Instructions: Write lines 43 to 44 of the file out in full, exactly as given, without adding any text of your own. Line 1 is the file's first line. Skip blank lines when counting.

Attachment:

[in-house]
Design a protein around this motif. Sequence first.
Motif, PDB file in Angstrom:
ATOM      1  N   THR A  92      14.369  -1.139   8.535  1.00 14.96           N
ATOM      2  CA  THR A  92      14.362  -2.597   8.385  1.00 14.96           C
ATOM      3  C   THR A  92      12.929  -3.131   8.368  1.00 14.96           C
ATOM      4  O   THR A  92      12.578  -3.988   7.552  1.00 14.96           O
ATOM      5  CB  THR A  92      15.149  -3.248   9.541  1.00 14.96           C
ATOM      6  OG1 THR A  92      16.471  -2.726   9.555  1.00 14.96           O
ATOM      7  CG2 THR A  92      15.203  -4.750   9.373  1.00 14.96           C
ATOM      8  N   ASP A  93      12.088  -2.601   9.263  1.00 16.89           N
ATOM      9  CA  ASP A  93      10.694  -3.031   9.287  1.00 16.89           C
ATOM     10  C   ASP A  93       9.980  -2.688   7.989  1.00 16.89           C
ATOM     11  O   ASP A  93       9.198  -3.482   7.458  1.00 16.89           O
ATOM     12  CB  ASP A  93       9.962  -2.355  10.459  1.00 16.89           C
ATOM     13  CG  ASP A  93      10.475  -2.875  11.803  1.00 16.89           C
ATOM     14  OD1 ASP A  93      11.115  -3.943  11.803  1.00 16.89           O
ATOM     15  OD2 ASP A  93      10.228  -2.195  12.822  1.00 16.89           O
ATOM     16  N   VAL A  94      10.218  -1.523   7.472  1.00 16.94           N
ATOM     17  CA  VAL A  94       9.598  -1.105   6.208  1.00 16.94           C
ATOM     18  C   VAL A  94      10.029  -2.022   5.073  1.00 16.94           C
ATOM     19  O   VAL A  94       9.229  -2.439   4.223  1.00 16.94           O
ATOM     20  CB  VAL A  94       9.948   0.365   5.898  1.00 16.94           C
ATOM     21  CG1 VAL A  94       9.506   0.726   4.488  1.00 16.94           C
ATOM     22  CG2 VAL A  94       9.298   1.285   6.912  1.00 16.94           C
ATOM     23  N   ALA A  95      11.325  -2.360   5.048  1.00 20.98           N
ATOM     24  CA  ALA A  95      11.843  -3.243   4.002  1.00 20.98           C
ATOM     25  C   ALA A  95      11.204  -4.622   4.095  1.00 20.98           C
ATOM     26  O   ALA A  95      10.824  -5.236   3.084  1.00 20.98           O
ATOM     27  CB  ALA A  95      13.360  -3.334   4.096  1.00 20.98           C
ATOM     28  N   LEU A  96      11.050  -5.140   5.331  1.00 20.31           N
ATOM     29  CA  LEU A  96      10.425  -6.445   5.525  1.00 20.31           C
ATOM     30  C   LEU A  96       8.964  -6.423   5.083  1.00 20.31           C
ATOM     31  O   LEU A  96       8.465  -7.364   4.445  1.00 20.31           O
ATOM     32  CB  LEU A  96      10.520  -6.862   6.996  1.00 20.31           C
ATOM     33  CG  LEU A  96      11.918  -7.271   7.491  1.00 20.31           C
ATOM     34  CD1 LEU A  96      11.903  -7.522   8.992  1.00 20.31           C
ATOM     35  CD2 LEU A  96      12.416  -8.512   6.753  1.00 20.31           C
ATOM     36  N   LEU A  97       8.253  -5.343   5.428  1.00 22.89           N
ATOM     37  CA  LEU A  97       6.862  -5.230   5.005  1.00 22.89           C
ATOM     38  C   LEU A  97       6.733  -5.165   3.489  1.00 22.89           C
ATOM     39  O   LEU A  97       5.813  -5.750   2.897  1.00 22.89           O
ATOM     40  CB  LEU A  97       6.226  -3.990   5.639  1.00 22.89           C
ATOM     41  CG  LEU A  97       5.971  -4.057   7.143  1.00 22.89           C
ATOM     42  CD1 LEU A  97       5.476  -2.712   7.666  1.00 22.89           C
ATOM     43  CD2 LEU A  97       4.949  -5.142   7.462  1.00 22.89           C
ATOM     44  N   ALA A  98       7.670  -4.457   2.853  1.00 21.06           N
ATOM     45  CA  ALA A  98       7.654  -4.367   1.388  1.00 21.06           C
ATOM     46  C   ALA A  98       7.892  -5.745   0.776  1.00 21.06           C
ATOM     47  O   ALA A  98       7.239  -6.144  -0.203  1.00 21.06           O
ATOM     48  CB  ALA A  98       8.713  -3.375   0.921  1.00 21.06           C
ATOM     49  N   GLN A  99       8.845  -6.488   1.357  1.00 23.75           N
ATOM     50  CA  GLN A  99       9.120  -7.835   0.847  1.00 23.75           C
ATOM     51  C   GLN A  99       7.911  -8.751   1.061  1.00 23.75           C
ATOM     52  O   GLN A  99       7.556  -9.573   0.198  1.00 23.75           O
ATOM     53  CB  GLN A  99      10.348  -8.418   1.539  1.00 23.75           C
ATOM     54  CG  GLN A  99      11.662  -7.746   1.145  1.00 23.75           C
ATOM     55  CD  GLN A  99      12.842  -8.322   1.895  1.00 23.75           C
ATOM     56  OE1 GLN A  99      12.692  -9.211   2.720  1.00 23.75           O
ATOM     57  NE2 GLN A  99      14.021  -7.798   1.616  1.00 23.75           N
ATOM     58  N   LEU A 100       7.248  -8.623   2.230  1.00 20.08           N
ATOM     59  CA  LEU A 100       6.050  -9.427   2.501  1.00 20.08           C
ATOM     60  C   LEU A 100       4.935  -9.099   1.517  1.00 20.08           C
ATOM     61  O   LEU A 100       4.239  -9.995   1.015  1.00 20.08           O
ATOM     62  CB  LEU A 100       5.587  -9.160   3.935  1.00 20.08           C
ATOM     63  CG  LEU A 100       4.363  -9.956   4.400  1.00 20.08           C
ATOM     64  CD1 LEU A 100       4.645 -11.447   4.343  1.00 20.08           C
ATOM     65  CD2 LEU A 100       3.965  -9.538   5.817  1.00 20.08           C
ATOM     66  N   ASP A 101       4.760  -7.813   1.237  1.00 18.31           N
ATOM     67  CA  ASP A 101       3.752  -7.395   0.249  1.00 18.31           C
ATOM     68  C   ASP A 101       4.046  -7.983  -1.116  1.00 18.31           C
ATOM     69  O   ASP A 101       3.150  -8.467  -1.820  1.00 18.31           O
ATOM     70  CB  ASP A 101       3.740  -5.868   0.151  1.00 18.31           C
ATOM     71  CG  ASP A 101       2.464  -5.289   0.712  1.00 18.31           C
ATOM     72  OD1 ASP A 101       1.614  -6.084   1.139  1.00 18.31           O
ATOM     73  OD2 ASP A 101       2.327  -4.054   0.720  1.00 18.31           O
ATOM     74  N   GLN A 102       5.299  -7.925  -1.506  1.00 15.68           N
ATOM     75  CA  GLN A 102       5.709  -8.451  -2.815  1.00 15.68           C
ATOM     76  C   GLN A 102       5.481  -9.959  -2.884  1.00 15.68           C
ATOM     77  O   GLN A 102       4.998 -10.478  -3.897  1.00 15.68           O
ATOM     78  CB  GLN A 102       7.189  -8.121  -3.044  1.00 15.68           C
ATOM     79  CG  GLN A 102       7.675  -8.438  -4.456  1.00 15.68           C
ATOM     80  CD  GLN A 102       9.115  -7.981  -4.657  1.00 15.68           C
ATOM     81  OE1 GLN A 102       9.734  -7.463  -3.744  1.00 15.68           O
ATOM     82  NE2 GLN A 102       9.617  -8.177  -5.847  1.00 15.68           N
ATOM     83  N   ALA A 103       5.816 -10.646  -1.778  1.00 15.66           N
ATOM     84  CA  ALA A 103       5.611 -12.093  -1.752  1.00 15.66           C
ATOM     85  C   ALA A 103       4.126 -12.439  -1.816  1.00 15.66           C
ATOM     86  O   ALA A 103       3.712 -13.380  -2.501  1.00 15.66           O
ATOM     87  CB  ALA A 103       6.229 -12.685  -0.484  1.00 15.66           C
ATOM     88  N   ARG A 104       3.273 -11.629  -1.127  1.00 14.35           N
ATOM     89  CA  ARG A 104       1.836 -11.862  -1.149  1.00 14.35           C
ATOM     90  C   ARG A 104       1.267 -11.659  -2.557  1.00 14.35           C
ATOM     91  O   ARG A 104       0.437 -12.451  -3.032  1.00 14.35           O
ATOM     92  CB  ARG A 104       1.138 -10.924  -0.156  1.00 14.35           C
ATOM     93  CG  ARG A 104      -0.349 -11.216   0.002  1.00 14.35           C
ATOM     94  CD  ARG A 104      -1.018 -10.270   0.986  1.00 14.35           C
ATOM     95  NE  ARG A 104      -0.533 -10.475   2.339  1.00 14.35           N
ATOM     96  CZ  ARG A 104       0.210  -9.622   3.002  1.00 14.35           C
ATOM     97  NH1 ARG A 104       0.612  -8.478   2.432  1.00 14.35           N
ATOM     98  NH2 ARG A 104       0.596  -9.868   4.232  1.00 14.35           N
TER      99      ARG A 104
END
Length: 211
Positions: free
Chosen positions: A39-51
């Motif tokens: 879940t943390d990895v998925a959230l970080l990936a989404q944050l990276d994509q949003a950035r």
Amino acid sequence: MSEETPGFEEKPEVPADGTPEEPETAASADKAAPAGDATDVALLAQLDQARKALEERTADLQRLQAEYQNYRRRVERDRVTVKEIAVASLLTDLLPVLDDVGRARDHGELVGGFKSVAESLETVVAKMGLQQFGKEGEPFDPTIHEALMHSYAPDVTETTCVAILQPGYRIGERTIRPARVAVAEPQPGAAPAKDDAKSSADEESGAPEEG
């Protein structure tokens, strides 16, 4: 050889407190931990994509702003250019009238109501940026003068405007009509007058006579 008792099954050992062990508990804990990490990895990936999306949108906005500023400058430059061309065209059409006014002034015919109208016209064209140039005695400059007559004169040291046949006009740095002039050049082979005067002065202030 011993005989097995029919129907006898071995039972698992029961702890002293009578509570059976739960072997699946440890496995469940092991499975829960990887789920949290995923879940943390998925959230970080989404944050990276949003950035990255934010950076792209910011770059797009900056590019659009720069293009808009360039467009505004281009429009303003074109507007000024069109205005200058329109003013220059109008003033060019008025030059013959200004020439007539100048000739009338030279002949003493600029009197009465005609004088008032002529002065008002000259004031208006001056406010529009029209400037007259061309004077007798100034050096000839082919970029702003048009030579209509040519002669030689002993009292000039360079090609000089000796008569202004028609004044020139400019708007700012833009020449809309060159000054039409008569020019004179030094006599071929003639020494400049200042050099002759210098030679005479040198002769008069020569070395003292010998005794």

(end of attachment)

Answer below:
ATOM     40  CB  LEU A  97       6.226  -3.990   5.639  1.00 22.89           C
ATOM     41  CG  LEU A  97       5.971  -4.057   7.143  1.00 22.89           C